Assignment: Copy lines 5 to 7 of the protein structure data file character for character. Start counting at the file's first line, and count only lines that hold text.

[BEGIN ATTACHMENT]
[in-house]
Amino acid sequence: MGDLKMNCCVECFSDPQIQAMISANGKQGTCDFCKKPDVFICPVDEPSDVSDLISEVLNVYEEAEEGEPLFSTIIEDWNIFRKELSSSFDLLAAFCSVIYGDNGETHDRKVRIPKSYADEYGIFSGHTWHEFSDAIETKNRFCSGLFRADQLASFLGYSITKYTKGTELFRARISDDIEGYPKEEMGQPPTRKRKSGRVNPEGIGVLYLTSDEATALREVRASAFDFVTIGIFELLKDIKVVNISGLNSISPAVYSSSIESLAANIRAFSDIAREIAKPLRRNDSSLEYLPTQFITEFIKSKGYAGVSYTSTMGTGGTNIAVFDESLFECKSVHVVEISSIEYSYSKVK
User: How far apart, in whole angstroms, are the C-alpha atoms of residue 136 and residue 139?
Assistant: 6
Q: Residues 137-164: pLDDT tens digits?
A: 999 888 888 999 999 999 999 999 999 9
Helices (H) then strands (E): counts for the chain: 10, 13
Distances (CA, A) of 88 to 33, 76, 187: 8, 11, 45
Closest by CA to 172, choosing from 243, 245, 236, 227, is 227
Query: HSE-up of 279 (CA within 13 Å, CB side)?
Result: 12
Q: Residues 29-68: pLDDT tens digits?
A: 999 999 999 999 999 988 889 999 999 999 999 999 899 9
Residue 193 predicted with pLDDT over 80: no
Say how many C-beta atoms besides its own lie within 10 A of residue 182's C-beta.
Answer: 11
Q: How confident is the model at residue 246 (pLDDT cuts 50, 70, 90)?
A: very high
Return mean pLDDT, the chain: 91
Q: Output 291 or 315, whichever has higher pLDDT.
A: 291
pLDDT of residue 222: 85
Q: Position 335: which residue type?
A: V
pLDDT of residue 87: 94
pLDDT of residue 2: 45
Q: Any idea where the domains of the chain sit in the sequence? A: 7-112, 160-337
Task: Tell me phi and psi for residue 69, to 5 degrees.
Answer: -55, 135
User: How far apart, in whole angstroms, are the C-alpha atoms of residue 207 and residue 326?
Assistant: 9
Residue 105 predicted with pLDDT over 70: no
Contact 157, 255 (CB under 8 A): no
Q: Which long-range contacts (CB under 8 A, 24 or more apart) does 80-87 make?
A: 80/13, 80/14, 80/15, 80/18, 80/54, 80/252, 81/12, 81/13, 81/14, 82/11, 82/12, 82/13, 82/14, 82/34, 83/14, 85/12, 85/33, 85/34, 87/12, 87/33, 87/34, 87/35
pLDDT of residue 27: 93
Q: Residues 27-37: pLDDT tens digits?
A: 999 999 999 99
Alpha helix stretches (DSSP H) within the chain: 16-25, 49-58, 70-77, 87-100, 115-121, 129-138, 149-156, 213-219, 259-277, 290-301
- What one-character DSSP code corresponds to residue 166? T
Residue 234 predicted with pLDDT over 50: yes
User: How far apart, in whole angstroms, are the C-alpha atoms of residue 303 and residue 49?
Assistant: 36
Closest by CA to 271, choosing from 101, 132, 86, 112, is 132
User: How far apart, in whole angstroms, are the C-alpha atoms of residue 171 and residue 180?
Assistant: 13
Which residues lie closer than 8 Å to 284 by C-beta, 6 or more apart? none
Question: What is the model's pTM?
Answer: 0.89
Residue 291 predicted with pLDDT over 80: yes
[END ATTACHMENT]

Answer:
Q: Residues 137-164: pLDDT tens digits?
A: 999 888 888 999 999 999 999 999 999 9
Helices (H) then strands (E): counts for the chain: 10, 13